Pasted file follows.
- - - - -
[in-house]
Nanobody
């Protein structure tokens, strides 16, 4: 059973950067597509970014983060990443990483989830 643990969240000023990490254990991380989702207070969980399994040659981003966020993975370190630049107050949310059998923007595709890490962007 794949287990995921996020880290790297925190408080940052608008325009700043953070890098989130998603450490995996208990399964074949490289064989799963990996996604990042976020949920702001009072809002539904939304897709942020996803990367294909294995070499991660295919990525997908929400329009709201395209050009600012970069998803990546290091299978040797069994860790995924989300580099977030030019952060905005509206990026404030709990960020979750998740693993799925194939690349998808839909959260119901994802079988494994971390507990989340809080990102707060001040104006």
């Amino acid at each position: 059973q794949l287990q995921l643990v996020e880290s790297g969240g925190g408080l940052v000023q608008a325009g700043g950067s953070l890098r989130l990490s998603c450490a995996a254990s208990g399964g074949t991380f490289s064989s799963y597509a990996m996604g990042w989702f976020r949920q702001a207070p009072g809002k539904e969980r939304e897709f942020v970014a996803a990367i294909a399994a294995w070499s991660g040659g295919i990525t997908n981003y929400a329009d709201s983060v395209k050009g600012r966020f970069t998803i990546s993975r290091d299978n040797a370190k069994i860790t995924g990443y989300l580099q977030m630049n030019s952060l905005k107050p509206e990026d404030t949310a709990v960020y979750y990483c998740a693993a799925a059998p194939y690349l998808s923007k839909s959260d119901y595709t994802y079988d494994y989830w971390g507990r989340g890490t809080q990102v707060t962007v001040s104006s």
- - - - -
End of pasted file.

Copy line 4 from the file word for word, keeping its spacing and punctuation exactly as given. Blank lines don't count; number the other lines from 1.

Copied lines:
């Amino acid at each position: 059973q794949l287990q995921l643990v996020e880290s790297g969240g925190g408080l940052v000023q608008a325009g700043g950067s953070l890098r989130l990490s998603c450490a995996a254990s208990g399964g074949t991380f490289s064989s799963y597509a990996m996604g990042w989702f976020r949920q702001a207070p009072g809002k539904e969980r939304e897709f942020v970014a996803a990367i294909a399994a294995w070499s991660g040659g295919i990525t997908n981003y929400a329009d709201s983060v395209k050009g600012r966020f970069t998803i990546s993975r290091d299978n040797a370190k069994i860790t995924g990443y989300l580099q977030m630049n030019s952060l905005k107050p509206e990026d404030t949310a709990v960020y979750y990483c998740a693993a799925a059998p194939y690349l998808s923007k839909s959260d119901y595709t994802y079988d494994y989830w971390g507990r989340g890490t809080q990102v707060t962007v001040s104006s």